MSL101L03 US Military Customs and Courtesies SR.pdf lesson 3.pdf

Later the members of the model company were

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specific place and task within the formation. Later, the members of the model company were distributed throughout the Army to teach drill. Through drill, they improved the overall effectiveness and efficiency of the Army. e. To ensure continuity and uniformity, von Steuben, by then a major general and the Army Inspector General, wrote the first Army field manual in 1779, The Regulations for the Order and Discipline of the Troops of the United States, commonly referred to as the Blue Book. The drill procedures initiated at Valley Forge were not changed for 85 years, until the American Civil War, and many of the drill terms and procedures are still in effect today. f. Drill commands are about the same as at the time of the War of 1812, except that then the officers and noncommissioned officers began them by saying, “Take care to face to the right, right, face.” Also, during the American revolutionary period, troops marched at a cadence of 76 steps a minute instead of the current cadence of 120 steps. Then units performed precise movement on the battlefield, and the army that could perform them best was often able to get behind the enemy, or on his flank, and thus beat him. Speed spoiled the winning exactness. Also, firearms did not shoot far or accurately in 1776, so troop formations could take more time to approach the enemy. g. As armament and weaponry improved, drill had to adapt to new tactical concepts. Although the procedures taught in drill today are not normally employed on the battlefield, the objectives accomplished by drill—professionalism, teamwork, confidence, pride, alertness, attention to detail, esprit de corps, and discipline—are just as important to the modern Army as they were to the Continental Army. 1-2. MILITARY MUSIC The earliest surviving pictorial, sculptured, and written records show musical or quasimusical instruments employed in connection with military activity for signaling during encampments, parades, and combat. Because the sounds were produced in the open air, the instruments tended to be brass and percussion types. Oriental, Egyptian, Greek, Roman, and American Indian chronicles and pictorial remains show trumpets and drums of many varieties allied to Soldiers and battles.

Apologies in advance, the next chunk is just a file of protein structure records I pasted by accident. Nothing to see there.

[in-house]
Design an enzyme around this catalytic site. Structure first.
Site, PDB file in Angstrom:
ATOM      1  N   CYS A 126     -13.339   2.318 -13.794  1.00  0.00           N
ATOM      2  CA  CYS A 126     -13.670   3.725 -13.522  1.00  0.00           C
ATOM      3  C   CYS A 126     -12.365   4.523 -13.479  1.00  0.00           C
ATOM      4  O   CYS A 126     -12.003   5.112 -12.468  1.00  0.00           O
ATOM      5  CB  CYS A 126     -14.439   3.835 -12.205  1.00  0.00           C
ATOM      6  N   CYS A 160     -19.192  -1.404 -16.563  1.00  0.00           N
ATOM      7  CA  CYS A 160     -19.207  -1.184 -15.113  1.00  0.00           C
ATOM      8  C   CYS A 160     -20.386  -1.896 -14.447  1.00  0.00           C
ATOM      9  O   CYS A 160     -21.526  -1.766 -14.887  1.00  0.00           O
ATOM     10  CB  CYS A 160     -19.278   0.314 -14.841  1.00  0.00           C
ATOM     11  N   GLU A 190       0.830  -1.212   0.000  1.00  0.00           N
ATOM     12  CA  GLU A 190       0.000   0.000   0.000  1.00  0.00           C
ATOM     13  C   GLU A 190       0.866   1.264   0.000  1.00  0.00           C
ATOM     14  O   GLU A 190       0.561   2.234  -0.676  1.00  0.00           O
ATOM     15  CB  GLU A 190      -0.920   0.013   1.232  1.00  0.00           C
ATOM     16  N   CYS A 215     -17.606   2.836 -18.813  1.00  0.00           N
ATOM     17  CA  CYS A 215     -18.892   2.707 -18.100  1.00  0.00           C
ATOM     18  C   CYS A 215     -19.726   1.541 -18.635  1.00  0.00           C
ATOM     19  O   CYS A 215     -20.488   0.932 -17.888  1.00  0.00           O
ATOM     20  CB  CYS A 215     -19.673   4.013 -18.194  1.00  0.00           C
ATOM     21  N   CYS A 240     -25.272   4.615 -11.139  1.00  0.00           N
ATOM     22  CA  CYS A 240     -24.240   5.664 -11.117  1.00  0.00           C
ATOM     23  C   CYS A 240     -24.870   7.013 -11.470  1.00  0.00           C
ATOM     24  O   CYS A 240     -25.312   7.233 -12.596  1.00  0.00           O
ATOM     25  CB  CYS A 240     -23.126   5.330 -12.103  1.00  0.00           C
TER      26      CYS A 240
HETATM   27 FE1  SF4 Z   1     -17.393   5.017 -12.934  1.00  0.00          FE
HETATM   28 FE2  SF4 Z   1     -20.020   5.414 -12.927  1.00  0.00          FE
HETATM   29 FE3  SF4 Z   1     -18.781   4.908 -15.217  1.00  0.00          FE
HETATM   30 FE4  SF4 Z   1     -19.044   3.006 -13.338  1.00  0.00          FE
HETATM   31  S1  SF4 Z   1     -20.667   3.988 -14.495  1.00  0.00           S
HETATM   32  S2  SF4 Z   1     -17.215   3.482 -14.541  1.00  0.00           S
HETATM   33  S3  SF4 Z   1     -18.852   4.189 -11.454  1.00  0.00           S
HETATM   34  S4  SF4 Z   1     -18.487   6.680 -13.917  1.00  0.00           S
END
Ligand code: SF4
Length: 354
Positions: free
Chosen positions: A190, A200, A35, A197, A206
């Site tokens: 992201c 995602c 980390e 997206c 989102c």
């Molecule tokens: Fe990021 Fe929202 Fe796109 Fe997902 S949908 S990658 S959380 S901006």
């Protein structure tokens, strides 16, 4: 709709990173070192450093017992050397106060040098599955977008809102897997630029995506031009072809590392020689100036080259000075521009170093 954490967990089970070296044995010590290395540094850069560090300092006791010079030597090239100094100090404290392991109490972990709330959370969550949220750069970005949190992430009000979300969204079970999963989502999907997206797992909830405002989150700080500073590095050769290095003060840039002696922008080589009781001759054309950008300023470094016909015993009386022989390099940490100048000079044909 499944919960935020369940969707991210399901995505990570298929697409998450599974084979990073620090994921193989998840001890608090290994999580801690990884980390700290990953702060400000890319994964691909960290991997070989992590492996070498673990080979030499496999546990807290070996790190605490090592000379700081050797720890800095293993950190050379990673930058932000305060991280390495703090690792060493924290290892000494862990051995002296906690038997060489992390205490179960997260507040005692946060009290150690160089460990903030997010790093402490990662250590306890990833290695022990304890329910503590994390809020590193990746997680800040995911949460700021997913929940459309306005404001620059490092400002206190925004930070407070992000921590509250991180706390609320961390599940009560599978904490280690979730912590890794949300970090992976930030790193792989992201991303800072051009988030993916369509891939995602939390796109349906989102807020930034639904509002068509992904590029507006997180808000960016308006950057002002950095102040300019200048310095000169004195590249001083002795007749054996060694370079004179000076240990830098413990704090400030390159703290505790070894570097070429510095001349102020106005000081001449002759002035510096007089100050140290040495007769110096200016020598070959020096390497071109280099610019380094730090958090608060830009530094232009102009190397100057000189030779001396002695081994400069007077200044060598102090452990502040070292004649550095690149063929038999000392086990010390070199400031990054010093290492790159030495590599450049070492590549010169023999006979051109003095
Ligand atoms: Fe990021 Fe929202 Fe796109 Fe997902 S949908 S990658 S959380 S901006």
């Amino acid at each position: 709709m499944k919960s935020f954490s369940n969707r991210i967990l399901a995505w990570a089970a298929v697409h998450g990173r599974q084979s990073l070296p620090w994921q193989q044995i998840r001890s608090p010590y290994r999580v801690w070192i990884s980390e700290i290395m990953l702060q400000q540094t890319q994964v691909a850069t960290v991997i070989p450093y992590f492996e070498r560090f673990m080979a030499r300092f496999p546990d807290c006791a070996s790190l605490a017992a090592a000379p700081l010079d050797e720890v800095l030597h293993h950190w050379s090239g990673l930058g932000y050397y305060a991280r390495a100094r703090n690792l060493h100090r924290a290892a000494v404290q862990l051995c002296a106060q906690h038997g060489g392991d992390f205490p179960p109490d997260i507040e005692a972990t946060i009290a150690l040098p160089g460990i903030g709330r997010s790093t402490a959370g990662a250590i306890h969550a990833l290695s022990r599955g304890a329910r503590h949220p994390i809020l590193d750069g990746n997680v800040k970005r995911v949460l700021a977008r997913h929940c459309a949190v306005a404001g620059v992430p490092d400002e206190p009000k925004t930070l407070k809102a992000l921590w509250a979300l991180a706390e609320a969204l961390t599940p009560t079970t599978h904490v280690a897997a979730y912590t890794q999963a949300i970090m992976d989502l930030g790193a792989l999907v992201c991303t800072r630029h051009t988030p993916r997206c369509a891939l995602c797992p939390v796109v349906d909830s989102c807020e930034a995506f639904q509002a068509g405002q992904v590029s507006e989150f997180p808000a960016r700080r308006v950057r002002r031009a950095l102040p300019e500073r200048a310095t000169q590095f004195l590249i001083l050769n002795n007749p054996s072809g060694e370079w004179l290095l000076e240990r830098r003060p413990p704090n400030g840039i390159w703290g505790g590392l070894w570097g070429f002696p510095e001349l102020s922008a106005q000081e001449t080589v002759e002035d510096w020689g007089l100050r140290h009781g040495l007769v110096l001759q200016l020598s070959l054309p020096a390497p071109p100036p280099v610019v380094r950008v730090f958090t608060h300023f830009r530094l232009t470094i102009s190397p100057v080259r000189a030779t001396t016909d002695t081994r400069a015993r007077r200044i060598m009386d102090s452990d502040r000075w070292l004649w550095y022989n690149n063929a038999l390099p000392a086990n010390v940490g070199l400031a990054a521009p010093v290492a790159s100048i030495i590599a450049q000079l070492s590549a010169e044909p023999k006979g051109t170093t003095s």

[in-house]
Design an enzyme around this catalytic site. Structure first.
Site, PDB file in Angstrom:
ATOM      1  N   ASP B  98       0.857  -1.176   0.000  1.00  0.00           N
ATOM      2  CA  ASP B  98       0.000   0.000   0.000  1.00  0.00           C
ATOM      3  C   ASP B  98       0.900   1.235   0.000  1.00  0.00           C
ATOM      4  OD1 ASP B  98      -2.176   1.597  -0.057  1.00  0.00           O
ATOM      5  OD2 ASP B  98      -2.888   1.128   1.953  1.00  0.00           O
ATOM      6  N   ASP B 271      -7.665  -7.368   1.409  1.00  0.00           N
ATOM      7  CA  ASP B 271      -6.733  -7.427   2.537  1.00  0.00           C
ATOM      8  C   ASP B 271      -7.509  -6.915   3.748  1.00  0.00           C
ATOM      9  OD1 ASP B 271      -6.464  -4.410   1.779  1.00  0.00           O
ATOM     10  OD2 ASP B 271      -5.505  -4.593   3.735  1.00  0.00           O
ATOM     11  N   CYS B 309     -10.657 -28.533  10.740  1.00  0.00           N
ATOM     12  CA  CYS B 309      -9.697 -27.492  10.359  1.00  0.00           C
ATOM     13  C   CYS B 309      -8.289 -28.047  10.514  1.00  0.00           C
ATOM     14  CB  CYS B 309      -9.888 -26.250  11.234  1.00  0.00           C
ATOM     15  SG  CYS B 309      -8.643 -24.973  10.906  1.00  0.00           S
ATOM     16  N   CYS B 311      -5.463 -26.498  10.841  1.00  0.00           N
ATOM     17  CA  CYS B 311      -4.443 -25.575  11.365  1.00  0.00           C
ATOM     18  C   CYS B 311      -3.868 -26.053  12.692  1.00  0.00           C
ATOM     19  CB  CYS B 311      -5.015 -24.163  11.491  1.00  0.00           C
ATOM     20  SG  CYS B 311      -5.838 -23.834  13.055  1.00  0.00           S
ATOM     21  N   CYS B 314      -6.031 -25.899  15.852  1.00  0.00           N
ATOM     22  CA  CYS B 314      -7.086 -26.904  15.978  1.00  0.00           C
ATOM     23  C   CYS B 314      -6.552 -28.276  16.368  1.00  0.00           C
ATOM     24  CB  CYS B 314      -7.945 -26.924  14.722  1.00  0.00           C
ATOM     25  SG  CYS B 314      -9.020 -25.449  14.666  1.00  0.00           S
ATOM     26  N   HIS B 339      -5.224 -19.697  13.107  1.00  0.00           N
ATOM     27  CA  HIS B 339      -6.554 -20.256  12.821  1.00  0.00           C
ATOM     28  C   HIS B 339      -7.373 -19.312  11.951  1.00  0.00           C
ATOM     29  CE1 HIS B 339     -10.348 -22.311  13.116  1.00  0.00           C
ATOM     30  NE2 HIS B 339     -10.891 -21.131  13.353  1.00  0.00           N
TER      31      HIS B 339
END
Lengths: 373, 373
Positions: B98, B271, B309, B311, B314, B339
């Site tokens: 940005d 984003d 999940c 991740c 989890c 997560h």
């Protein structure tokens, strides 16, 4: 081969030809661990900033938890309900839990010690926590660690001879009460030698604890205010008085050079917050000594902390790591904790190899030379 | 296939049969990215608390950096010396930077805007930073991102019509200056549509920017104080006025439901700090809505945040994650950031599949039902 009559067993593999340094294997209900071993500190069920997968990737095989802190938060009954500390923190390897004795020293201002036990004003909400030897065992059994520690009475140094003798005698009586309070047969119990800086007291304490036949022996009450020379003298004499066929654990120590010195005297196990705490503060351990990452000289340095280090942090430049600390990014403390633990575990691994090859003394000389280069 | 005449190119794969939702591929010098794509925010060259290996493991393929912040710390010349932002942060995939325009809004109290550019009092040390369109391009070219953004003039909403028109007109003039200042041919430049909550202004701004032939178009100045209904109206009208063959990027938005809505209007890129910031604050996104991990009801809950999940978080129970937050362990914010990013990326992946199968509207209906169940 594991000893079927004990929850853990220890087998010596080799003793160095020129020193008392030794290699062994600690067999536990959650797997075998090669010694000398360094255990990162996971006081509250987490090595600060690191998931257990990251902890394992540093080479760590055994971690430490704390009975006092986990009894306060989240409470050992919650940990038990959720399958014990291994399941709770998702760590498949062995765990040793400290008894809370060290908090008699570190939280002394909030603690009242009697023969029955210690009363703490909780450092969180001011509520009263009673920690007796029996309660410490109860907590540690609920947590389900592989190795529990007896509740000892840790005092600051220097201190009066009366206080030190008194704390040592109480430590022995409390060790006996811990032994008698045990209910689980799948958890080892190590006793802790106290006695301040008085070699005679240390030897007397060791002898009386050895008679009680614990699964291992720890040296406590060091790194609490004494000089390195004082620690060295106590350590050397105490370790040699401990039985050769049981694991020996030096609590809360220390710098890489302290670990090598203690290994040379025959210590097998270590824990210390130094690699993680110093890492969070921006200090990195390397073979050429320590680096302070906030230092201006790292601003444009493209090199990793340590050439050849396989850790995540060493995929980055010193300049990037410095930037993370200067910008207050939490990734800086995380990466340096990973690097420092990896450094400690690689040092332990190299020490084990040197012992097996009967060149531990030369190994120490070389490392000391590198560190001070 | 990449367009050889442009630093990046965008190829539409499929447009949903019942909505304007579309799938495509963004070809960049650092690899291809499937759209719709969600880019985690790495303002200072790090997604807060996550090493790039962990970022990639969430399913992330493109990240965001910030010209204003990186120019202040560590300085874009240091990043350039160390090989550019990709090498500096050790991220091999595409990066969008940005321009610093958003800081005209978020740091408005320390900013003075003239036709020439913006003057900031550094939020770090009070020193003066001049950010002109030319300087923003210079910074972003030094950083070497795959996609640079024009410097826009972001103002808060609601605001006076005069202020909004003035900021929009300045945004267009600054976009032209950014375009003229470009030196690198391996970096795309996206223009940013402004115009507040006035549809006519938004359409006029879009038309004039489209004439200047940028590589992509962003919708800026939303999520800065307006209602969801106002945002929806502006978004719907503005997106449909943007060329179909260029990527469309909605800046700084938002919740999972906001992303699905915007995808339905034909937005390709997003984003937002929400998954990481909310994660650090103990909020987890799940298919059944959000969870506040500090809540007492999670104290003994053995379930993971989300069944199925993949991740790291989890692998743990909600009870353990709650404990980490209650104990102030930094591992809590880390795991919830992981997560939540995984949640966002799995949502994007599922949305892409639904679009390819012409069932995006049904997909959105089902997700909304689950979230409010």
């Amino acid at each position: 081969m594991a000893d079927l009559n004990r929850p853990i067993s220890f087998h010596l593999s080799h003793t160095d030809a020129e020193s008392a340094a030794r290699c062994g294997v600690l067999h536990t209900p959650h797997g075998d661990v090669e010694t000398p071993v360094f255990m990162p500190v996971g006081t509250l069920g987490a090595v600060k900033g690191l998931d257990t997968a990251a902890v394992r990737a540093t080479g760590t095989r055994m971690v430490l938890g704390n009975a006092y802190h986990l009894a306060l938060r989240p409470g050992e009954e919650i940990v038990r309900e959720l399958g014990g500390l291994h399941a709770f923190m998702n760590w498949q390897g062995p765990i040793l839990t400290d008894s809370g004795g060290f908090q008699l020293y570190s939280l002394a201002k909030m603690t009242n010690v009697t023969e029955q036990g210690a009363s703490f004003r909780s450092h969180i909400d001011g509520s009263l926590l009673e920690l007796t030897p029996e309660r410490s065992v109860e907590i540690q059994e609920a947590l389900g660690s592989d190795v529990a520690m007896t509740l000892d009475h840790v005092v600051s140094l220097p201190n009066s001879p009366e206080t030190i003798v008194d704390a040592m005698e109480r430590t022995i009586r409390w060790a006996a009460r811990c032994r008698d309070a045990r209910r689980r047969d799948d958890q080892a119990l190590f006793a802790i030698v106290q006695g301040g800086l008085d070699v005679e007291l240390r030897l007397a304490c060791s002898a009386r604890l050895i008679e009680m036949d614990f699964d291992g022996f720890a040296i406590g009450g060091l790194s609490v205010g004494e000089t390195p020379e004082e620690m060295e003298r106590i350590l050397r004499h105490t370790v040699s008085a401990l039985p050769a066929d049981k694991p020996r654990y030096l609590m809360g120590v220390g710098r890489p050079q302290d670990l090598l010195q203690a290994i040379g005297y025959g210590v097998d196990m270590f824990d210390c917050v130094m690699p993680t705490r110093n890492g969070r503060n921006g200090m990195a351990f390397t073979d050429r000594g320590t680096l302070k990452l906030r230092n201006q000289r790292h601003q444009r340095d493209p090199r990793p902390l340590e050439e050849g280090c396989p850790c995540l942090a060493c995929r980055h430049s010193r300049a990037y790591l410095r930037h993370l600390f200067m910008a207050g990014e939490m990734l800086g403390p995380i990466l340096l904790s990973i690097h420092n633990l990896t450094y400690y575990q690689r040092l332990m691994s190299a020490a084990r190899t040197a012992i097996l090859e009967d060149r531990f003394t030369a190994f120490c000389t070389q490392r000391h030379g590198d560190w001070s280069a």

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Introduction 20 January 2012 TC 3-21.5 1-3 a. Bugle Calls. Bugle calls are used in U.S. military service as the result of the Continental Army’s contact with the Soldiers and armies from Europe during the revolutionary period. After the American Revolution, many of the French (and English)
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